Imagine having a magical car with the ability to make red lights turn green as you approach, essentially allowing you to cruise down Poplar from Germantown to downtown unencumbered by traffic signals.
That dream may never happen for car drivers, but it's now a reality for Memphis Area Transit Authority (MATA) bus operators on the Poplar corridor. This morning, MATA unveiled its new Poplar Avenue Priority Signal project that can shave off around 20 percent of travel time for bus riders on that route.
Sensors on the buses signal to the traffic lights when buses are about 30 seconds away from the light or about 400 feet away, whichever comes first. If the light is already green, it will typically remain green for the bus to pass through. When the bus doors are open, the sensors are disabled so the light isn't left on green as passengers enter or exit.
"There's GPS on every bus, and that sends a coordinating signal to tell how fast the bus is traveling, sending an estimated time of arrival to the intersection," said Craig Carroll of Global Travel Technologies, which provided the technology for the joint project between MATA and the City of Memphis.
It doesn't work every time, however. Last week, members of the media were given a tour of the new technology as they rode on a bus along Poplar from Kirby to Perkins. On both the east and west journeys, the bus was stopped by a red light at White Station. And on the way east, it was also stopped at Truse Parkway and Mendenhall.
"Pedestrian crossings can interfere," Carroll explained. "It doesn't always give a green light or extend a green light. But it will swing you green where it can."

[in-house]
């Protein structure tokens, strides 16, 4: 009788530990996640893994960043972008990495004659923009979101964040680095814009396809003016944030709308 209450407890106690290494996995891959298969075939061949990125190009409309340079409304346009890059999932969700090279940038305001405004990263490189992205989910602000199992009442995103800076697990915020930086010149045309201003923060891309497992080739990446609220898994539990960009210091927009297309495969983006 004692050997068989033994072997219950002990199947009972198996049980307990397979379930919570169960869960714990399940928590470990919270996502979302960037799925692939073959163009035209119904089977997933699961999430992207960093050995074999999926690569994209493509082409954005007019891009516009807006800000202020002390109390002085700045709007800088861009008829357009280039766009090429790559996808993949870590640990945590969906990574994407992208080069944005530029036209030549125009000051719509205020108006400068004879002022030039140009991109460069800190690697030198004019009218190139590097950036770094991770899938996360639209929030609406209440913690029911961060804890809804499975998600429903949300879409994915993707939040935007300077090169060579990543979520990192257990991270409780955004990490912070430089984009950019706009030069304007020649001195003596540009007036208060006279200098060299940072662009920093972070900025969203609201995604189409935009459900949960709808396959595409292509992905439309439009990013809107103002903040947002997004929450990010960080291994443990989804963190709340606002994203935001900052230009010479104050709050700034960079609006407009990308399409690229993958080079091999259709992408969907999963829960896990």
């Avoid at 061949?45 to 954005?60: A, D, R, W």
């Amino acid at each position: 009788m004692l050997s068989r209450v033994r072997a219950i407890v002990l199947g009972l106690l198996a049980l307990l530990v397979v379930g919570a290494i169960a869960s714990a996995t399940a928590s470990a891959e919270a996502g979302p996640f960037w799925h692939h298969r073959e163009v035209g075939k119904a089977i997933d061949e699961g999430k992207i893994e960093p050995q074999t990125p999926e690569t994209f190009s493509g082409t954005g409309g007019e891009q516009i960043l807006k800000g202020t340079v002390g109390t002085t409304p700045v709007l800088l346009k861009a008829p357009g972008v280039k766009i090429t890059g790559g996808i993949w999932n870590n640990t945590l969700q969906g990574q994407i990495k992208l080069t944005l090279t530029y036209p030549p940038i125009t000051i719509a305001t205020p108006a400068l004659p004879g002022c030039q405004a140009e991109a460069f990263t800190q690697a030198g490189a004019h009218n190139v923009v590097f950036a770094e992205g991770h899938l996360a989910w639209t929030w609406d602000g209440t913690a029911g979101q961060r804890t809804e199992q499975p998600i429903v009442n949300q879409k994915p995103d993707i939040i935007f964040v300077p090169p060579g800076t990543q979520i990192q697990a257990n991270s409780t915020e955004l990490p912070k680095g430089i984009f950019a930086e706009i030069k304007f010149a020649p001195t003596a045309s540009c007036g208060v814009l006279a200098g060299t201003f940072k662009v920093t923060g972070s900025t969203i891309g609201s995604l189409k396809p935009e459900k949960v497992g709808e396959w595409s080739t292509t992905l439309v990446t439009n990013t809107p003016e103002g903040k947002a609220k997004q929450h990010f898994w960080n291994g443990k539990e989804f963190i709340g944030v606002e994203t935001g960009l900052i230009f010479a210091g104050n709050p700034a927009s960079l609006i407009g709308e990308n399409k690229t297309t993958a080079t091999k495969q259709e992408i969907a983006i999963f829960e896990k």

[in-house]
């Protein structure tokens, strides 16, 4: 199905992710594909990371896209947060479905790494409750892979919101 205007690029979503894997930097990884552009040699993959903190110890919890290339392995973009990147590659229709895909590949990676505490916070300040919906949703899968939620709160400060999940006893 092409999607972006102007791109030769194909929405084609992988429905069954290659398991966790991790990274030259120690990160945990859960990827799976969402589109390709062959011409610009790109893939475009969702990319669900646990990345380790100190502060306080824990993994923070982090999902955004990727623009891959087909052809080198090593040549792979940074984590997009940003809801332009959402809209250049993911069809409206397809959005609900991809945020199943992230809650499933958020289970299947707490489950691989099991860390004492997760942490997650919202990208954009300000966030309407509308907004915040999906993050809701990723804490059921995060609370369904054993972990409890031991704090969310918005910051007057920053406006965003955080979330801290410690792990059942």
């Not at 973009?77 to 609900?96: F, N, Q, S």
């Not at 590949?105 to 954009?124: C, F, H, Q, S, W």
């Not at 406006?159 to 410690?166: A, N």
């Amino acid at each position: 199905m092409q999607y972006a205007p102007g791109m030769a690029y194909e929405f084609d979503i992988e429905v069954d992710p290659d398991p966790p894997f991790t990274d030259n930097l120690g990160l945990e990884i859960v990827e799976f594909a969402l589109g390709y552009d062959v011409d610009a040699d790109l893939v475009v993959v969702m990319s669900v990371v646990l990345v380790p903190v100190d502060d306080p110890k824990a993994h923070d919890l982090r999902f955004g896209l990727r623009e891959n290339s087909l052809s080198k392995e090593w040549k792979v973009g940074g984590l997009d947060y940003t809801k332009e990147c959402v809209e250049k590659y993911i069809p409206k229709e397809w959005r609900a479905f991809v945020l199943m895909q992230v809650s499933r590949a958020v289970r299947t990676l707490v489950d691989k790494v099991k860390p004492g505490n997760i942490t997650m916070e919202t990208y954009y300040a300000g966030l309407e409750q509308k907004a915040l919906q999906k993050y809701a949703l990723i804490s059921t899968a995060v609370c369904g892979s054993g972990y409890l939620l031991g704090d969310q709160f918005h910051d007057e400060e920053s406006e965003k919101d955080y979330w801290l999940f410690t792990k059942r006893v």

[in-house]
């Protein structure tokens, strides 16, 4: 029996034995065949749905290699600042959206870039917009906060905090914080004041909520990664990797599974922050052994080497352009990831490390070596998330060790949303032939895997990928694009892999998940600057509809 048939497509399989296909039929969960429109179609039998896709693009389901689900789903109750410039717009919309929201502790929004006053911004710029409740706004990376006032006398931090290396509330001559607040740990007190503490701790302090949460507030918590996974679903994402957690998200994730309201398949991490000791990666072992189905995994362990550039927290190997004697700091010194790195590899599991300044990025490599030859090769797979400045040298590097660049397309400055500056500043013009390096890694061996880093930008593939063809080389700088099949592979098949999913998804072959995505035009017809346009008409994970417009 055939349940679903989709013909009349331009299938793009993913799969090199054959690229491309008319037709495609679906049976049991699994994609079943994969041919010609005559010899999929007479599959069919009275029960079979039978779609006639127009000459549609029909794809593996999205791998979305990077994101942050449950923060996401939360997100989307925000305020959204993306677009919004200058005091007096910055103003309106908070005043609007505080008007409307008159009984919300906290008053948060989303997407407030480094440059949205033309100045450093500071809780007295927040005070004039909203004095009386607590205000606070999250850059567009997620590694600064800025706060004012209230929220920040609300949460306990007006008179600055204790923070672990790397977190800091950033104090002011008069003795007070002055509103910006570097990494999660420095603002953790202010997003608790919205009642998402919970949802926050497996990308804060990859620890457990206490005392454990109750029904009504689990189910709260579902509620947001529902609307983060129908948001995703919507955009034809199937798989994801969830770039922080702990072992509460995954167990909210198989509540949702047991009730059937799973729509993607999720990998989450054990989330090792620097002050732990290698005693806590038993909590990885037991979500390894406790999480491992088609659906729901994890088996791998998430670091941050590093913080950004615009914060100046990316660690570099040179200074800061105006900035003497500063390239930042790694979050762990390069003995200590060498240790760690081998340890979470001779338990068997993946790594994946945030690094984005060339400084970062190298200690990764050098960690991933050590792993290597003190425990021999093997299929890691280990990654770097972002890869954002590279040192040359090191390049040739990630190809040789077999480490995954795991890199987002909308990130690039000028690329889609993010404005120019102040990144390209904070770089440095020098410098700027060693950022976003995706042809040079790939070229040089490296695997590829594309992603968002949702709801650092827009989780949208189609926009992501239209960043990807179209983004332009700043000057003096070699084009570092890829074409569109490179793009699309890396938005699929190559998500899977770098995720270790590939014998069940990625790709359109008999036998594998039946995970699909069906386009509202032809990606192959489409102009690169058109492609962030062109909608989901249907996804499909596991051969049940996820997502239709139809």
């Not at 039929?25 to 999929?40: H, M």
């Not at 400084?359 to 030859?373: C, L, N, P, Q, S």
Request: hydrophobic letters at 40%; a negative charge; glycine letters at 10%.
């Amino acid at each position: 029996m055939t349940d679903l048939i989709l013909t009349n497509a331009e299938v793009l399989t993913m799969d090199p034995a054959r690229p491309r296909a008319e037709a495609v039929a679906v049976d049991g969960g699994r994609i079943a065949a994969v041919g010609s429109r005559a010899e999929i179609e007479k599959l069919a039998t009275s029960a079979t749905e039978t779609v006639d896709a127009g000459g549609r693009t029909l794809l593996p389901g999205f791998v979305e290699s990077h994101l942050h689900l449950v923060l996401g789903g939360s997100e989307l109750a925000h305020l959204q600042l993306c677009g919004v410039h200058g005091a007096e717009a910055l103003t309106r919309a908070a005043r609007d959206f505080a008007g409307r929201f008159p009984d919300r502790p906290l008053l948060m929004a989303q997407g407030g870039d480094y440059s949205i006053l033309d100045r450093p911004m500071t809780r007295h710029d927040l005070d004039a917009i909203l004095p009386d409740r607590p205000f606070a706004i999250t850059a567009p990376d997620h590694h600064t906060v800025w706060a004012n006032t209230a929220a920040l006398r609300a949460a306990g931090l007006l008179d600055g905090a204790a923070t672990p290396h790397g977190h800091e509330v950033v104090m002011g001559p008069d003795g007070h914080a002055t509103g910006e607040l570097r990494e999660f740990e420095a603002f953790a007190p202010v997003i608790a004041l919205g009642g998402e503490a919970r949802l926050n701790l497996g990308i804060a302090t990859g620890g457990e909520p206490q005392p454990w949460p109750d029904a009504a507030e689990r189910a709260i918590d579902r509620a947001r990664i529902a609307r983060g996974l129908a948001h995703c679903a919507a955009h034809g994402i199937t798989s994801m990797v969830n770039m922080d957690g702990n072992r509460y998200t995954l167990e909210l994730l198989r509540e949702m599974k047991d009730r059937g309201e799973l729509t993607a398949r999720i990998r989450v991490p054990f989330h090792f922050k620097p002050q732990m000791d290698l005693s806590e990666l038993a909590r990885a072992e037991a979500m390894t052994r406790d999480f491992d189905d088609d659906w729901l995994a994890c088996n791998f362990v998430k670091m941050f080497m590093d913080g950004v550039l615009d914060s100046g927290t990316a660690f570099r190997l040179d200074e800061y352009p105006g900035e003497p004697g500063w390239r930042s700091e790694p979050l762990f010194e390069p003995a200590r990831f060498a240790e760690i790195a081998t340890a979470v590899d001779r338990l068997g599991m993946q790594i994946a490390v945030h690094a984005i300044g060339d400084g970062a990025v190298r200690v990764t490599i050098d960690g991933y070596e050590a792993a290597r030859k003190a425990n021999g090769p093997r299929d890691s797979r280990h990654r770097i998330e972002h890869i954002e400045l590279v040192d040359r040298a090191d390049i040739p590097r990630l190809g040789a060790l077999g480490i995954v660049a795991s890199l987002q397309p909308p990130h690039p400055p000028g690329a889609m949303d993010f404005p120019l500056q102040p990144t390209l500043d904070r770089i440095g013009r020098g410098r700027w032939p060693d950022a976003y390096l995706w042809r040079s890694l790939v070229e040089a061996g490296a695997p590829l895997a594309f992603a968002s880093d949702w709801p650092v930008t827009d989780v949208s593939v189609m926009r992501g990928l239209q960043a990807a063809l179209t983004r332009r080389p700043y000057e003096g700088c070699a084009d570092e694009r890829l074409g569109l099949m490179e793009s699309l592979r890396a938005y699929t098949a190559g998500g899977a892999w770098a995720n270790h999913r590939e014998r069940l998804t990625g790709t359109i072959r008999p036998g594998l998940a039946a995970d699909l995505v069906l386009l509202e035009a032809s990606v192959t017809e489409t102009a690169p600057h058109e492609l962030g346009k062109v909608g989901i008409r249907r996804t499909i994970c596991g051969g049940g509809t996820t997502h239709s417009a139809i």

Tests on the new technology revealed a 15 to 20 percent average reduction in travel time for buses traveling along Poplar.
Although the Poplar project is the first one to be completed, a priority signaling project on Elvis Presley will be unveiled soon. MATA has installed the sensors along Elvis Presley, but the city engineering office still has to complete some work on the project. Currently, sensors on Elvis Presley from Union to Brooks are working, and signals from Brooks to the Mississippi state line are in the works.
Sensors have been installed on 140 buses and at 40 stop light intersections. The transit priority signal project was funded by a $1 million grant and took about 12 months for installation and testing.
MATA's Interim President and General Manager Tom Fox said the transit authority has plans to install priority signaling along Lamar, Park, Jackson, and Third as well. He said they're also hoping to eventually stripe dedicated bus lanes on some roads, so MATA can operate rapid transit lines that would get passengers to their destinations more quickly. Fox did say that such dedicated bus lanes would likely not be installed along Poplar since it carries so much car traffic.